Movements of the Moon Lesson for Kids: Orbit & Rotation

Instructor: Josh Corbat

Josh has taught Earth Science and Physical Science at the High School level and holds a Master of Education degree from UNC-Chapel Hill.

The Moon moves around in space, just like the Earth. In fact, the movements of the moon are very similar to Earth's movements! In this lesson, we'll take a look at how the Moon moves.

The Moon: Just a Nighttime Beauty?

You have probably looked up at our planet's moon and noticed how beautiful it is. You've probably also noticed that sometimes it is full and bright, and sometimes you can only see part of it. And have you ever noticed that sometimes you can't see it at night, but you can during the day? Our view of the Moon changes because it is constantly moving through space, just like Earth is. The moon has two main movements: its revolution and its rotation.

The Moon is a familiar, beautiful sight in the sky.
The Moon

Revolution: Movement Around the Earth

The Moon moves around the Earth in a movement called revolution. This is very similar to Earth's revolution around the Sun. The path the Moon takes to go all the way around the Earth is called its orbit. It takes about 27 days for the Moon to revolve around the Earth once. The revolution of the Moon around Earth is not its only movement, though! It is also spinning in space.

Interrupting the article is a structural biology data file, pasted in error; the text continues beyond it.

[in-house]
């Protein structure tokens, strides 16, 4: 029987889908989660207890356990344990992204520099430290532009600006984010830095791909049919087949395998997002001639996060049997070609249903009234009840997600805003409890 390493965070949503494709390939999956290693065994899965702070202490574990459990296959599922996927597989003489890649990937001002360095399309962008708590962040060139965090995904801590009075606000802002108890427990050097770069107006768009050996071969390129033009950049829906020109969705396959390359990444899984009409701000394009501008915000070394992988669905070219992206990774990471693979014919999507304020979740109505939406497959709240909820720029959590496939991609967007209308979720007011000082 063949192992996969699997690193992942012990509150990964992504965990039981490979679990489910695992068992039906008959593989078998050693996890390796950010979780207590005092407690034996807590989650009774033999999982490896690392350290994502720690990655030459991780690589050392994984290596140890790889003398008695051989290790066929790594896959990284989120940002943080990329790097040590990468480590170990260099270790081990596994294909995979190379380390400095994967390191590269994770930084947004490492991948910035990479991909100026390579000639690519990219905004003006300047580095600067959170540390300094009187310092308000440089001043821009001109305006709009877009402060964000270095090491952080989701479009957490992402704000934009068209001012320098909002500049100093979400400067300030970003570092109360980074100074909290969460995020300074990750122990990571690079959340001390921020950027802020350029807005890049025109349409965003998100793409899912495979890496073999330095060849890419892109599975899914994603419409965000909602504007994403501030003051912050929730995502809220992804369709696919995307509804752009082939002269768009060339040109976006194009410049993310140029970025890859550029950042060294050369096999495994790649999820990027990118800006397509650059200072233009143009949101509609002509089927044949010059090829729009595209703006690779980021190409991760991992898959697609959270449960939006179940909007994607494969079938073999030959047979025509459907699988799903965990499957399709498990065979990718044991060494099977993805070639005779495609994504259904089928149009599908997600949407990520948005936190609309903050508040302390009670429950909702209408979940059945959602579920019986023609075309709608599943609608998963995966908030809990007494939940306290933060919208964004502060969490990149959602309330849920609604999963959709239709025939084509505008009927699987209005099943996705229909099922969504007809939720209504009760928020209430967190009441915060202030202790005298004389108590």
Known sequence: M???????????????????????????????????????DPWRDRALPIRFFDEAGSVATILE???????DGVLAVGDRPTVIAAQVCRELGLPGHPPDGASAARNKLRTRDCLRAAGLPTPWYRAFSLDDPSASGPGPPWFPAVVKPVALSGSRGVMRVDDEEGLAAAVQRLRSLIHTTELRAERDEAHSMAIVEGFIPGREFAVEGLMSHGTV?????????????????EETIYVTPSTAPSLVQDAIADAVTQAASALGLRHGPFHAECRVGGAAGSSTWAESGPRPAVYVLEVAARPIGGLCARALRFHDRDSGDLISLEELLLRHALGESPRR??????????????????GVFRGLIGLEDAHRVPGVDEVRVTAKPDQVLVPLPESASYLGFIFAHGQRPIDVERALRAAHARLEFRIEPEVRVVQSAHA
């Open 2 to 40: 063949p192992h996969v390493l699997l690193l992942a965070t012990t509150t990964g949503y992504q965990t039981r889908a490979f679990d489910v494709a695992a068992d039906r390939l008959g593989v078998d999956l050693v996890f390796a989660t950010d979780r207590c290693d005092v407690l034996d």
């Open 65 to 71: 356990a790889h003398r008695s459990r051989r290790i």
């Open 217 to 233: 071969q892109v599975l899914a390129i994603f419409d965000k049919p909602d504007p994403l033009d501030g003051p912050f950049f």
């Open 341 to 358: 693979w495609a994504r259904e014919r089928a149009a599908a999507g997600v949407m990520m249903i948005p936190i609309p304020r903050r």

The Moon moves around the Earth once every 27 days.
Moon and Earth

Rotation: The Moon is Spinning!

The Moon spins in space in a movement called rotation. Oddly enough, it also takes the Moon about 27 days to spin around once (which is much slower than Earth's rotation, which only takes 24 hours). That means the Moon goes all the way around Earth in the same amount of time it takes to spin around just once! This makes it so we can only see one side of the Moon from Earth. The other side of the moon, which some people call the 'dark side' of the Moon, has only been seen by a handful of humans: the Apollo astronauts when they visited the moon. You can see pictures of the 'dark side' of the Moon, which have been taken by astronauts and space probes.

The movements of the Moon cause the phases we see throughout each month.
Moon Phases

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